Scan to BIM has become an integral part of capturing existing conditions for BIM projects. Creating a precise model allows confidence in your design and the ability to fabricate modules offsite and know they will fit when installed. We will discuss the different steps in the reality capture and model creation process in today's article. This model is an accurate representation of the existing conditions; you will sometimes hear the model referred to as a digital twin because of this. We will also examine some of the many uses of the reality capture process and how TPM may assist you in this process.
What Is Scan to BIM?
Scan to BIM is the process of capturing existing conditions, typically with a 3D laser scanner, to create an accurate as-built model of those existing conditions. In a traditional approach, people take field measurements and combine those measurements with current documentation to create an as-built model. This manual process can lead to outdated and inaccurate modeling, which has consequences throughout the project's lifecycle, such as project delays and costly rework. Using a 3D laser scanner, we can capture a highly accurate point cloud of existing conditions. You can then use this point cloud to create a precise model.
The Laser Scanning Process
3D laser scanning is a line-of-sight process. The scanner sends out laser beams that bounce back to the instrument and take measurements of the distances to all the surfaces it bounces off. Each of these points is captured and colorized based on the 3D photography taken in the scanning process. These individual points, collectively, are referred to as a point cloud. Because it is a line-of-sight process, scans must be taken from multiple positions to capture the existing conditions completely. The most important part of a successful 3D laser scanning project is for the person scanning to understand how they will use the point cloud and what they are trying to achieve with this process. Understanding the desired outcomes will allow the field crew to decide how dense of a point cloud to capture. This knowledge also helps the field crew identify the positions and number of scans needed to capture the detail necessary to create the desired model. Once the field crew captures all of their scans, they will come back to the office and register the scans together to create a unified point cloud of the entire project.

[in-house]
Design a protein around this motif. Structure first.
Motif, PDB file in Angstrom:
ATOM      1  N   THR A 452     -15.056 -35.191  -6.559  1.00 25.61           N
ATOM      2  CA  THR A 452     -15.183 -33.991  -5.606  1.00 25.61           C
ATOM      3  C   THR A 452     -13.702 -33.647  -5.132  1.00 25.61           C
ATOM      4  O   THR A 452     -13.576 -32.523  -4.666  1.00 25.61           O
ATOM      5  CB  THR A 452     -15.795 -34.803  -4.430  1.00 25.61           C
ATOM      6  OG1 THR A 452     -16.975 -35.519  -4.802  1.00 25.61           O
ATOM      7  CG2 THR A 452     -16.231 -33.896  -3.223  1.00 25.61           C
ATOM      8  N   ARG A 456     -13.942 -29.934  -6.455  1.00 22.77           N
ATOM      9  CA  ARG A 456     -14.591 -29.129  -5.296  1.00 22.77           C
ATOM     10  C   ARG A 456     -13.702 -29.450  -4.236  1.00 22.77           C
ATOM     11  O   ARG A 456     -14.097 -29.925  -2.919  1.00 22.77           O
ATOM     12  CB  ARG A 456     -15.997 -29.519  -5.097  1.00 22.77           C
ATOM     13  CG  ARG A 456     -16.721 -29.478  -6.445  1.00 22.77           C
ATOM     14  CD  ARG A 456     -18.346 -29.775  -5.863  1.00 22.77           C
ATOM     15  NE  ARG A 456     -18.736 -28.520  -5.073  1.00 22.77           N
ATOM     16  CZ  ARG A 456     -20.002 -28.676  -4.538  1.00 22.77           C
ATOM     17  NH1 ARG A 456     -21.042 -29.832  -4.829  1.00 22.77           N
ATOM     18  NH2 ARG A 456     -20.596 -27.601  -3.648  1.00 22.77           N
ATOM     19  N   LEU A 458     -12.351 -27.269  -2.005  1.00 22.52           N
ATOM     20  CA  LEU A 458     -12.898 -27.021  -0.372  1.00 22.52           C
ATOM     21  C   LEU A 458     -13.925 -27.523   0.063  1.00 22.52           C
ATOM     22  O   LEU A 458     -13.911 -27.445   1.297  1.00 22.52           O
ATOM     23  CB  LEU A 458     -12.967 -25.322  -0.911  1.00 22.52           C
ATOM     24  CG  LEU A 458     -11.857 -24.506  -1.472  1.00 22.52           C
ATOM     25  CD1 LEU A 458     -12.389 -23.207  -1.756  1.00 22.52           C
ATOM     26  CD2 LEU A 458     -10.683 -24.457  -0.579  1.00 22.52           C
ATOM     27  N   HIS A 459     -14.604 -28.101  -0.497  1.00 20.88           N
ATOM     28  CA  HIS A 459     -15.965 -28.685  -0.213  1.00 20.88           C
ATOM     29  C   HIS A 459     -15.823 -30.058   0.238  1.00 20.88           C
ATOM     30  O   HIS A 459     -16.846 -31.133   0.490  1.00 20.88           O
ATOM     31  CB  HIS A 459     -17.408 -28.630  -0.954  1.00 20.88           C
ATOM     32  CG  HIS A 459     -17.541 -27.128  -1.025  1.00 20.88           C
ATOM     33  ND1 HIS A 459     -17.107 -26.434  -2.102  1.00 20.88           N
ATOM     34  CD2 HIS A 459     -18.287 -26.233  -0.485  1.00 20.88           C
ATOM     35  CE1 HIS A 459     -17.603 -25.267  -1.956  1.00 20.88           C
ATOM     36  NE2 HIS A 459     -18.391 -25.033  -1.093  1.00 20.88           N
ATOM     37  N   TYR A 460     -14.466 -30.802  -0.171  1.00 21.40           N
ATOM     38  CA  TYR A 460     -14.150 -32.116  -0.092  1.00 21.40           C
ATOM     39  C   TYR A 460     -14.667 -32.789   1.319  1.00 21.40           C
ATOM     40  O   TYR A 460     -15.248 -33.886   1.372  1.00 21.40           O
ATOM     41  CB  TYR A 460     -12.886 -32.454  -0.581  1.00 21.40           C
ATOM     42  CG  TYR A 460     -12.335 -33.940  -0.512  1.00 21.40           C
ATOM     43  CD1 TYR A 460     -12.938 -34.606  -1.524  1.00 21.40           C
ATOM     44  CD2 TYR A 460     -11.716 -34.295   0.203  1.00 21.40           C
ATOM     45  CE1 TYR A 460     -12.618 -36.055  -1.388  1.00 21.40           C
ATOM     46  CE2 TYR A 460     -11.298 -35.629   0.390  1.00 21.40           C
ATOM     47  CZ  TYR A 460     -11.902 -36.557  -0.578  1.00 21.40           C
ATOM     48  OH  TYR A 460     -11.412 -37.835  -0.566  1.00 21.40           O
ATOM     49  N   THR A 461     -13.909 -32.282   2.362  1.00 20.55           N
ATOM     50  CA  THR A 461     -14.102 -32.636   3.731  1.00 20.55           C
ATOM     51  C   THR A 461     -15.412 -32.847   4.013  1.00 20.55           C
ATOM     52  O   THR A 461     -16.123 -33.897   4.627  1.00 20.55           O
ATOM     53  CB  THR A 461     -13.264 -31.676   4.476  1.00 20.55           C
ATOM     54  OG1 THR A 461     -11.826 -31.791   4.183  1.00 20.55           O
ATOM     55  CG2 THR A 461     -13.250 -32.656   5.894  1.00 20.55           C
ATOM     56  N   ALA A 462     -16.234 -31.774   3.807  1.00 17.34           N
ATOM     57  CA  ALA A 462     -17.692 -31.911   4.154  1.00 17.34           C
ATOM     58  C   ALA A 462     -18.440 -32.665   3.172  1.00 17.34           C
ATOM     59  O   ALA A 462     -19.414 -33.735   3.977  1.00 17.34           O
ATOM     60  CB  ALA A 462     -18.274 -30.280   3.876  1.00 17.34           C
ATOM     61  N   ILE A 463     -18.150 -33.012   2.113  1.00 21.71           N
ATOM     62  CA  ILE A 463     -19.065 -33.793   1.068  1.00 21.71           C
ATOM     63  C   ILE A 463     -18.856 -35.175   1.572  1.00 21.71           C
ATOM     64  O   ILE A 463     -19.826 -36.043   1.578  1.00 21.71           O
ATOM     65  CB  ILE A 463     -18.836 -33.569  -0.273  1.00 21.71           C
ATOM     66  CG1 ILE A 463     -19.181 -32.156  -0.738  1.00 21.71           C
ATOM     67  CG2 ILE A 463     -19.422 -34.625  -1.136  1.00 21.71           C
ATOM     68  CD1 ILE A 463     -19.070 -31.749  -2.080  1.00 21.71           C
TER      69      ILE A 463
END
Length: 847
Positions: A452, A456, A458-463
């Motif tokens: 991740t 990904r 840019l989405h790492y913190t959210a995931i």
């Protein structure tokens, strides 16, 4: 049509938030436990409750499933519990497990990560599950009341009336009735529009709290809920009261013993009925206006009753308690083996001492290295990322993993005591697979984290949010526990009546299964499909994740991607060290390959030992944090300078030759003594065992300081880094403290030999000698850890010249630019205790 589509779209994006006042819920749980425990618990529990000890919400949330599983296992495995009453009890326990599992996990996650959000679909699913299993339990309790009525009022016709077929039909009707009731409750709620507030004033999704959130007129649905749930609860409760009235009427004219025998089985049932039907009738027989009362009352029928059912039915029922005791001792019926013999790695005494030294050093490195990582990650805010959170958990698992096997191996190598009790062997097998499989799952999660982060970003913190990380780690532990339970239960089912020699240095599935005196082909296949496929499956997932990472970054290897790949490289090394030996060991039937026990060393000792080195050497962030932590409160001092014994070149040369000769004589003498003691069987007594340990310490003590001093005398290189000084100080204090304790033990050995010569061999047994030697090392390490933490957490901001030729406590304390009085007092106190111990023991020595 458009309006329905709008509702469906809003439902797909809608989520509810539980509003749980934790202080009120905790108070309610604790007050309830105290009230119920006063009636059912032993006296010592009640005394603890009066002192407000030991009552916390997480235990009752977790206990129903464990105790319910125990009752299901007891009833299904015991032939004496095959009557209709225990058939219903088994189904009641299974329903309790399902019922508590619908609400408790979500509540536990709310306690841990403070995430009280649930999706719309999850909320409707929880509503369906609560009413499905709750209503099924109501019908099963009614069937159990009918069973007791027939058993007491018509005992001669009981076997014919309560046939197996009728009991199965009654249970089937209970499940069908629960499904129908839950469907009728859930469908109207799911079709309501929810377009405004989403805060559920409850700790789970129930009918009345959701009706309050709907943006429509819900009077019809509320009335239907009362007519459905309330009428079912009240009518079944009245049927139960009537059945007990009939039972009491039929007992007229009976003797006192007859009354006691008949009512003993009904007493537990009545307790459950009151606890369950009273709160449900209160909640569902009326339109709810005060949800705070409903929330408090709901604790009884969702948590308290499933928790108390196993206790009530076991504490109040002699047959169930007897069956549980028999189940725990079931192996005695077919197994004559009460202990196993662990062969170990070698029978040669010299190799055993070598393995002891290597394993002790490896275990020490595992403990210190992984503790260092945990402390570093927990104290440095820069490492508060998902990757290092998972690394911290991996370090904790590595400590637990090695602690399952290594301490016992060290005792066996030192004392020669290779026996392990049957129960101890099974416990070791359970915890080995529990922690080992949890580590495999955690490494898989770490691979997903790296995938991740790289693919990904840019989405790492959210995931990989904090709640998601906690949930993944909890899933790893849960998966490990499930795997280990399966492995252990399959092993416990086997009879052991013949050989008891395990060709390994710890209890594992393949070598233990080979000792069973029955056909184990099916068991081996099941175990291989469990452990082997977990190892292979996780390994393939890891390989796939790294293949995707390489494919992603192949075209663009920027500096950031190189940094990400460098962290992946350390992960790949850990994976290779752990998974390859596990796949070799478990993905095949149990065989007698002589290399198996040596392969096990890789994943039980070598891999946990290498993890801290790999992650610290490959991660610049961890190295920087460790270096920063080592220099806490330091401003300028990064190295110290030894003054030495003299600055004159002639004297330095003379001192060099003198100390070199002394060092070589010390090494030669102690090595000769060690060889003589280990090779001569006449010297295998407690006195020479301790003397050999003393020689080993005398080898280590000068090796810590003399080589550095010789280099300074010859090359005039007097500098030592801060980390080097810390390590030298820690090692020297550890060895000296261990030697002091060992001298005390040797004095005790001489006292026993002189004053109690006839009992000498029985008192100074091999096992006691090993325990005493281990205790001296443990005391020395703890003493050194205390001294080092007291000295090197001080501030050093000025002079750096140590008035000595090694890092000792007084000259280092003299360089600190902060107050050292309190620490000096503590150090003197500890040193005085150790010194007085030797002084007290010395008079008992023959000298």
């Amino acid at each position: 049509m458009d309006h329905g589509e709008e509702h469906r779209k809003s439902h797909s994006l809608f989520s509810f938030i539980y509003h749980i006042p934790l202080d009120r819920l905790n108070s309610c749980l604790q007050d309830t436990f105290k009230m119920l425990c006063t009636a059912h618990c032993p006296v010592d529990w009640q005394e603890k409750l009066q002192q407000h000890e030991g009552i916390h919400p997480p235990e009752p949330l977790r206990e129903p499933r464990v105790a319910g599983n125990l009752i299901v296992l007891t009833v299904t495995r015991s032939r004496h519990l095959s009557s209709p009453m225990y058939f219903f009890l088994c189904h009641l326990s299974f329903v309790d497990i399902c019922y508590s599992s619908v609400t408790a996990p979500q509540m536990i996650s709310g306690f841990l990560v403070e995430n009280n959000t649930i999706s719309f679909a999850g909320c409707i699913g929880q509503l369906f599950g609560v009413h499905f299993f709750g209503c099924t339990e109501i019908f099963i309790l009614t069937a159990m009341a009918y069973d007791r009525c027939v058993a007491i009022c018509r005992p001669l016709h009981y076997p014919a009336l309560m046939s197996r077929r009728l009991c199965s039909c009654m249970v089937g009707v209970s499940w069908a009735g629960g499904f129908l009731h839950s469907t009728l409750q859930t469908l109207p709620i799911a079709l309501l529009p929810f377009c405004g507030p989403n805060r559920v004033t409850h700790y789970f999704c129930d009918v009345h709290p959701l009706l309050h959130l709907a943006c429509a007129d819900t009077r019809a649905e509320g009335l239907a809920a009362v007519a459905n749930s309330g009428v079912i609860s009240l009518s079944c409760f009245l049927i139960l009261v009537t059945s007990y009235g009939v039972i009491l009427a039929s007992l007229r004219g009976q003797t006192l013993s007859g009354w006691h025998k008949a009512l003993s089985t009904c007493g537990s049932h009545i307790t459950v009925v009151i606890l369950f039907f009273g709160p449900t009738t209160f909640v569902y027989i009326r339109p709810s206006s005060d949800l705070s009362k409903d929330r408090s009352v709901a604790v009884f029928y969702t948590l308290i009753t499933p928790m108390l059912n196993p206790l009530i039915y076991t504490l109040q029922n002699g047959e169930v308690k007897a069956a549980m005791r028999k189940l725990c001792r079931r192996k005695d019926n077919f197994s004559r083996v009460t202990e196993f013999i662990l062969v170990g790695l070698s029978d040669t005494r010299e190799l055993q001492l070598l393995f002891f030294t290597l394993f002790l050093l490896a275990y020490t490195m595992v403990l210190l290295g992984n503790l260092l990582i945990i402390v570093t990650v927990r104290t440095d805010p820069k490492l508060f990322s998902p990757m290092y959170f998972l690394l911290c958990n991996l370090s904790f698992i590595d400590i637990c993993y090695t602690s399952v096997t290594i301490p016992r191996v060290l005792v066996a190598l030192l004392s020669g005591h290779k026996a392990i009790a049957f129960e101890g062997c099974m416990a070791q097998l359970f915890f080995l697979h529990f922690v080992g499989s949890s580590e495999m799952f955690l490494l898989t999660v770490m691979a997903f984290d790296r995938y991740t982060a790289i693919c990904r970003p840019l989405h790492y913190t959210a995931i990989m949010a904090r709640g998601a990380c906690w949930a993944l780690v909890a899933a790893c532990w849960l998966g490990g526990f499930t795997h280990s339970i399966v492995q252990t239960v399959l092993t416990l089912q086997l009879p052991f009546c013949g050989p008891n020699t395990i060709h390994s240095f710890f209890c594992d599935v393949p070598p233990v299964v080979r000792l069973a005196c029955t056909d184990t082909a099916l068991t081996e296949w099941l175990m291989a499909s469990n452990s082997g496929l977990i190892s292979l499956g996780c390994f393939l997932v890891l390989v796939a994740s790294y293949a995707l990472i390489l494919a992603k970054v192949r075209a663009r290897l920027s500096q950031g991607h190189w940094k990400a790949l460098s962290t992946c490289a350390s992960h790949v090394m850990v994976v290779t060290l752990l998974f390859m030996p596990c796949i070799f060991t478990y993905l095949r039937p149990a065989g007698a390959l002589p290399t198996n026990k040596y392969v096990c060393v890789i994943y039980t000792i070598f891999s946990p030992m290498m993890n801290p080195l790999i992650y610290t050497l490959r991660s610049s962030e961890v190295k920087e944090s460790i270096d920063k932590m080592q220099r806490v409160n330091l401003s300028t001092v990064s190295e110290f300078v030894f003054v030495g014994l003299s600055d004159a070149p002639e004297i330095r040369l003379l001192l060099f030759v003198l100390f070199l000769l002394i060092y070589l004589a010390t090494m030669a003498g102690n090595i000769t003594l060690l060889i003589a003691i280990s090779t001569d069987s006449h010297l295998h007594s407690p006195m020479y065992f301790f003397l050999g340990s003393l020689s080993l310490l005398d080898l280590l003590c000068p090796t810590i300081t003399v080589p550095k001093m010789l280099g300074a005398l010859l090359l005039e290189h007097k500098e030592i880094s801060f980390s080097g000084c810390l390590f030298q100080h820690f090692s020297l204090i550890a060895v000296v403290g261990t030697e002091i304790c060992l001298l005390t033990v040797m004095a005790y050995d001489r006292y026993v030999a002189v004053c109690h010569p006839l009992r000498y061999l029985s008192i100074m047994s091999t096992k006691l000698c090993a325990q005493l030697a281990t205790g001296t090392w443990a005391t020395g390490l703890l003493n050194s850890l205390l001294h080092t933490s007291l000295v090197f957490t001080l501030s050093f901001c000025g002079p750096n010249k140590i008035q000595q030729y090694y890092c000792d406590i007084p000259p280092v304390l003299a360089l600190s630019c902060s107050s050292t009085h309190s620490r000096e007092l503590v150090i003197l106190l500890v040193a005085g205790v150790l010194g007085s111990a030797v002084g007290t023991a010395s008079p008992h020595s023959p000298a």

Using Point Clouds in the BIM Process
Most companies want at least one deliverable to be a point cloud in the Autodesk Recap format. This deliverable allows individuals to insert the point cloud into Revit, any AutoCAD-based products, and Navisworks. For some firms, the point cloud itself is the final deliverable they desire. These firms will model from this point cloud to create existing conditions. With today's tight schedules and high personnel utilization, many firms prefer to outsource their 3D modeling needs. Outsourcing both the 3D scanning and modeling to companies such as TPM allows firms to receive a fully developed model from the point cloud captured. This outsourcing saves internal bandwidth allowing your internal personnel to deliver more work and win more business. TPM can provide this model in a Revit or an AutoCAD format.
Some of the Many Uses of Scan to BIM
- Renovation: Creating an accurate and complete as-built model to avoid errors that may not be visible until the construction phase. Trying to solve these errors in the construction phase can be expensive and time-consuming.
- Construction: You can use scanning to create a record of the building as you are building it. Project managers can record this progress on a day-to-day basis. You can also use scanning to capture systems in trenches or walls before they are covered up. Scanning also allows you to compare the design model to the field's actual construction to find any discrepancies.
- Facilities: Most people don't have accurate and up-to-date models of their facility. Having this information allows you to make better planning decisions. You can embed data in these models to augment other facilities' processes.